Indigenous Rights Movement: Is the Same Needed to Prevent Continued Human Rights Violations of the Mentally Ill

Liesel LeCates


A problem that transcends borders, the suffering of the mentally ill is exaggerated through common treatment techniques such as chaining to beds and solitary confinement. Known as “society’s lepers,” the mentally ill experience abuses as the consequence of cross-cultural social stigma. Some scholars have proposed the necessity of an international convention to further obligate states to protect the interest of the mentally ill; however, this alone is insufficient .The root of social stigma must be degraded prior to the successful implementation of mental health legislation. In order to decrease stigma and the injustice inflicted upon the mentally ill, a global social movement is necessary. Through a comparison of the indigenous rights movement, the potential to effectuate change through a social movement is addressed. As a movement progresses, potential outcomes will impact not only those suffering from mental illness, but society as a whole.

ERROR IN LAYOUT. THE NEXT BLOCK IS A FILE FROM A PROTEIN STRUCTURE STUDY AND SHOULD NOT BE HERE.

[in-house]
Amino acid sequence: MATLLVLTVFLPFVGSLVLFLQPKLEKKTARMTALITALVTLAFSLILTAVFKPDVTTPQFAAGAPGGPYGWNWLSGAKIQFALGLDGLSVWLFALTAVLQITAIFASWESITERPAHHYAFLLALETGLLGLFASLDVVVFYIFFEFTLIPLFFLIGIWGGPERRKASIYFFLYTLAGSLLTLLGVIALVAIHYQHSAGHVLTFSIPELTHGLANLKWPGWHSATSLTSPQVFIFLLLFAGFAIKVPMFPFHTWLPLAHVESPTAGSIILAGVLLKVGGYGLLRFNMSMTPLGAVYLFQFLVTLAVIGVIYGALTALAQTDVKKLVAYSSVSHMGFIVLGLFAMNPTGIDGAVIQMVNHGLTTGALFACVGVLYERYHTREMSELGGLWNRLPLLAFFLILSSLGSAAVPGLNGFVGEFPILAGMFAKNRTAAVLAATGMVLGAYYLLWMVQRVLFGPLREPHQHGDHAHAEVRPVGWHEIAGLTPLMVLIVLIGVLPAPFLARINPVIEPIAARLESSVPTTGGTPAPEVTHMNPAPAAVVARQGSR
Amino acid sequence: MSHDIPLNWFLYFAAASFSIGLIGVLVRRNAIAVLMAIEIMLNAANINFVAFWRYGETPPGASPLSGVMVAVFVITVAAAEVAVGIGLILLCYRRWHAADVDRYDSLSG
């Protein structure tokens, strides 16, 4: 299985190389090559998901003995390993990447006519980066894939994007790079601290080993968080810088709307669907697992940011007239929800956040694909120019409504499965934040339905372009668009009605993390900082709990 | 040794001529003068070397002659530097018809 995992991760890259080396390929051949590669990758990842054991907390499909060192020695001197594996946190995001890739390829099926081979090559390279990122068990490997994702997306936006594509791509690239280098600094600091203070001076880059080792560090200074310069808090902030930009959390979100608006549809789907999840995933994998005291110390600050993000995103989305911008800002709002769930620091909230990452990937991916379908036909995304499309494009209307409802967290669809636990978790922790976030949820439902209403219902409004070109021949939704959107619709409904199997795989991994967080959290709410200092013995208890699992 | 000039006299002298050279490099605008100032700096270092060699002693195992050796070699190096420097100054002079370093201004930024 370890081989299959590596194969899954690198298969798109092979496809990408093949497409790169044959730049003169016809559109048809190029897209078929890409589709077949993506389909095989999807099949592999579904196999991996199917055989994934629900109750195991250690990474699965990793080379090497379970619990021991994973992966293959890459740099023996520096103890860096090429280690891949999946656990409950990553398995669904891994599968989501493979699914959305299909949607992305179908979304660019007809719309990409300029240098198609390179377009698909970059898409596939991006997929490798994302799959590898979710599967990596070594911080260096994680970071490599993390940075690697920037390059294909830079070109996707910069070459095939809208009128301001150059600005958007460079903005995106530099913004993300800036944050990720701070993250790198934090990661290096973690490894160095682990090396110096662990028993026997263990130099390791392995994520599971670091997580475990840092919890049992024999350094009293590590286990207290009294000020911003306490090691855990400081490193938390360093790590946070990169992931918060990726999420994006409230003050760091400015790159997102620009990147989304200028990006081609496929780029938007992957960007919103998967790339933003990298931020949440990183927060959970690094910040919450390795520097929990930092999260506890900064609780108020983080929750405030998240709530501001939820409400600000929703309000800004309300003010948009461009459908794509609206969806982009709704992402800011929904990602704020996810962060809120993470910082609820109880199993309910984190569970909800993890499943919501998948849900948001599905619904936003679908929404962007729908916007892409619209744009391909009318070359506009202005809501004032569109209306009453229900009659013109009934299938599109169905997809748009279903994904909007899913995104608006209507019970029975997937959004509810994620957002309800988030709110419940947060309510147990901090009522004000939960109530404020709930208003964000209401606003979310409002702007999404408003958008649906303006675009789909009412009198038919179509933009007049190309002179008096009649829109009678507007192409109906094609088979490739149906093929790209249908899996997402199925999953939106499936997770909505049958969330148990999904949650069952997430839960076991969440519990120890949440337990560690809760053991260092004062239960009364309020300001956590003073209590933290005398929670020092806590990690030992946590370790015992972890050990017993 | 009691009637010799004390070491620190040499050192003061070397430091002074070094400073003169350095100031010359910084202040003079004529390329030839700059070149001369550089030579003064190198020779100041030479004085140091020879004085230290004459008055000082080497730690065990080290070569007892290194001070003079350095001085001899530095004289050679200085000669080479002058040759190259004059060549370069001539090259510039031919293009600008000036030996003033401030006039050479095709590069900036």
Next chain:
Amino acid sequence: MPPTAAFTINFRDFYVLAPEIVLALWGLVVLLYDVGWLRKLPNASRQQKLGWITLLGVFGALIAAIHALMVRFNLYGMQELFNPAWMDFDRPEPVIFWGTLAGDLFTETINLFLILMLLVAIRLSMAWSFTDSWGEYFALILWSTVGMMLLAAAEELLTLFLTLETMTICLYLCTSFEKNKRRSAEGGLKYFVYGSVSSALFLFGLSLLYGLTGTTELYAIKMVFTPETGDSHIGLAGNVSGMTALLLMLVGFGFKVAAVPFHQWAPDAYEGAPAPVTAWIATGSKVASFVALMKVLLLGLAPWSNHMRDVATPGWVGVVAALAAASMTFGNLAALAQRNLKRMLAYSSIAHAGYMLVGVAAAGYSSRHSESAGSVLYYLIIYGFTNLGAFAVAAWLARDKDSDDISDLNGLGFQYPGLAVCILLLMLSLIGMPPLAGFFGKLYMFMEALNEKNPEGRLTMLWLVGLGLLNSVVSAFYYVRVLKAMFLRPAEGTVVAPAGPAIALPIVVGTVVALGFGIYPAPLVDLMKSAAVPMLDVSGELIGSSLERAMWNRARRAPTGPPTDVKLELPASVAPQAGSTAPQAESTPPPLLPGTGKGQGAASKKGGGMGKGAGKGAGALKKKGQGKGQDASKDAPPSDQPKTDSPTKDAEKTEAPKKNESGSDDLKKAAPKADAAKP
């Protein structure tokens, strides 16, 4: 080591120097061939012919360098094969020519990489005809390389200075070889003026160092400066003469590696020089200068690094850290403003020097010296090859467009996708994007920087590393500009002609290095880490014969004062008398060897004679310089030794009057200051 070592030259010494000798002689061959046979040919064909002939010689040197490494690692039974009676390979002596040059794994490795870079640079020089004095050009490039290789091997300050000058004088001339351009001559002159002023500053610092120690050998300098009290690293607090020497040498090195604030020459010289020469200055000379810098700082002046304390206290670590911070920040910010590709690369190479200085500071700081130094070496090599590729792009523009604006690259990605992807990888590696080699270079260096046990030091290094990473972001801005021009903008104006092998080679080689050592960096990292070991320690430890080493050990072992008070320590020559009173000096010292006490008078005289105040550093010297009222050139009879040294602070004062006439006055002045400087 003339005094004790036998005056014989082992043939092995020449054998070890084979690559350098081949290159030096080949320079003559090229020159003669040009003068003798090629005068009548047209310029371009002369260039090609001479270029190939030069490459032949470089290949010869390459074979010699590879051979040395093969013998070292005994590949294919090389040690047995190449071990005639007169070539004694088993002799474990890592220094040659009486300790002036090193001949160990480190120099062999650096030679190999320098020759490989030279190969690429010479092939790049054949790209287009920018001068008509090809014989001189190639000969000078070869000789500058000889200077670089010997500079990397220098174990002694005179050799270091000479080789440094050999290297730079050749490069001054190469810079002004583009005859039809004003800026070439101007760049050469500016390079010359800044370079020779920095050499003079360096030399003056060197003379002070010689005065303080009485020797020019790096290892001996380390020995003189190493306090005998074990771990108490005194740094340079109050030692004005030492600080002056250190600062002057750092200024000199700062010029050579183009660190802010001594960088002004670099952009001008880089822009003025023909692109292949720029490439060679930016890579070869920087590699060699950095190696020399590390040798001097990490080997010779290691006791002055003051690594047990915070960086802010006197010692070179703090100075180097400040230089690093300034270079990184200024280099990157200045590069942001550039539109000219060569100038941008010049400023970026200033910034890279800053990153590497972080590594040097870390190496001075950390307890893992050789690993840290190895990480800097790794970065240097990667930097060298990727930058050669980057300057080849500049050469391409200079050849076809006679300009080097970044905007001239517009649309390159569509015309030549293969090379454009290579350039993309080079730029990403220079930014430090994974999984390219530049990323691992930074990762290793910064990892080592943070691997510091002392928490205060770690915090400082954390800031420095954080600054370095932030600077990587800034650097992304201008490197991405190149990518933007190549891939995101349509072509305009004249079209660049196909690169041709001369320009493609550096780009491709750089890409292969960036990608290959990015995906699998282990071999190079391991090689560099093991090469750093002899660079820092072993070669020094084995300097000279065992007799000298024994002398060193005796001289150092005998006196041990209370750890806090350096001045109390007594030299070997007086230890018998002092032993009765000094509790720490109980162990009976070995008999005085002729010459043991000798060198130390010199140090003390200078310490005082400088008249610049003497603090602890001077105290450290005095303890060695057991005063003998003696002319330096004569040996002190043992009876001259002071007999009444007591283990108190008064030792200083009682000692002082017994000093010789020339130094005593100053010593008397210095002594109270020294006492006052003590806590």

Global, Mental Health, Indigenous Rights, Social Movement, International law

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ISSN 2236-997X (impresso) - ISSN 2237-1036 (on-line)

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